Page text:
Friedreich's ataxia (FRDA) is caused by deficient expression of the mitochondrial protein frataxin involved in the formation of iron-sulphur complexes and by consequent oxidative stress. We analysed low-dose tocotrienol supplementation effects on the expression of the three splice variant isoforms (FXN-1, FXN-2, and FXN-3) in mononuclear blood cells of FRDA patients and healthy subjects. In FRDA patients, tocotrienol leads to a specific and significant increase of FXN-3 expression while not affecting FXN-1 and FXN-2 expression. Since no structural and functional details were available for FNX-2 and FXN-3, 3D models were built. FXN-1, the canonical isoform, was then docked on the human iron-sulphur complex, and functional interactions were computed; when FXN-1 was replaced by FXN-2 or FNX-3, we found that the interactions were maintained, thus suggesting a possible biological role for both isoforms in human cells. Finally, in order to evaluate whether tocotrienol enhancement of FXN-3 was mediated by an increase in peroxisome proliferator-activated receptor-γ (PPARG), PPARG expression was evaluated. At a low dose of tocotrienol, the increase of FXN-3 expression appeared to be independent of PPARG expression. Our data show that it is possible to modulate the mRNA expression of the minor frataxin isoforms and that they may have a functional role. © 2013 Provvidenza Maria Abruzzo et al.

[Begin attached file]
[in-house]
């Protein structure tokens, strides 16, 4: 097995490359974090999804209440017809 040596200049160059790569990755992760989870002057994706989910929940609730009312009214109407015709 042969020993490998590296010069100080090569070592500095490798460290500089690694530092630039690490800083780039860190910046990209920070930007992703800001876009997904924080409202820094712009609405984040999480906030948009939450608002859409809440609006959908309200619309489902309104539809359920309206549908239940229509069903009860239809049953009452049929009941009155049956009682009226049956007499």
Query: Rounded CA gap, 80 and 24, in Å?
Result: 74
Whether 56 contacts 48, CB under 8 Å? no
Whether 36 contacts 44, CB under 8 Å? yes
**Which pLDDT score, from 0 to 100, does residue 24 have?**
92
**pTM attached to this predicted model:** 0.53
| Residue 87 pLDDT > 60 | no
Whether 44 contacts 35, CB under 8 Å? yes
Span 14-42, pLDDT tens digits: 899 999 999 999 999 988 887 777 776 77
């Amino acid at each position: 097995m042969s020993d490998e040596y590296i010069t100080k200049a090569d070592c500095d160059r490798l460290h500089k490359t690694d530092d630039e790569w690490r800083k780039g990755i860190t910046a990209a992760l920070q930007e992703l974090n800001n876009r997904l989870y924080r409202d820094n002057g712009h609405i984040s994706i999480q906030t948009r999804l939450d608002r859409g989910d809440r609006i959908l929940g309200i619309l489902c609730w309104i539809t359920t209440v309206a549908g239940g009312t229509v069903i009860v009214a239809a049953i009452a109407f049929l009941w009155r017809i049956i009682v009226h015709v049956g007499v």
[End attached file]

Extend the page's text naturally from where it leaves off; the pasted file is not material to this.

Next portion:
John M.,University of Rostock | Lhoussaine C.,Lille University of Science and Technology | Lhoussaine C.,Biocomputing Group | Niehren J.,French Institute for Research in Computer Science and Automation | And 2 more authors.
Lecture Notes in Computer Science (including subseries Lecture Notes in Artificial Intelligence and Lecture Notes in Bioinformatics) | Year: 2010

We present the attributed π-calculus for modeling concurrent systems with interaction constraints depending on the values of attributes of processes. The λ-calculus serves as a constraint language underlying the π-calculus. Interaction constraints subsume priorities, by which to express global aspects of populations. We present a non-deterministic and a stochastic semantics for the attributed π-calculus. We show how to encode the π-calculus with priorities and polyadic synchronization π-@ and thus dynamic compartments, as well as the stochastic π-calculus with concurrent objects spico. We illustrate the usefulness of the attributed π-calculus for modeling biological systems at two particular examples: Euglena's spatial movement in phototaxis, and cooperative protein binding in gene regulation of bacteriophage lambda. Furthermore, population-based model is supported beside individual-based modeling. A stochastic simulation algorithm for the attributed π-calculus is derived from its stochastic semantics. We have implemented a simulator and present experimental results, that confirm the practical relevance of our approach. © 2010 Springer.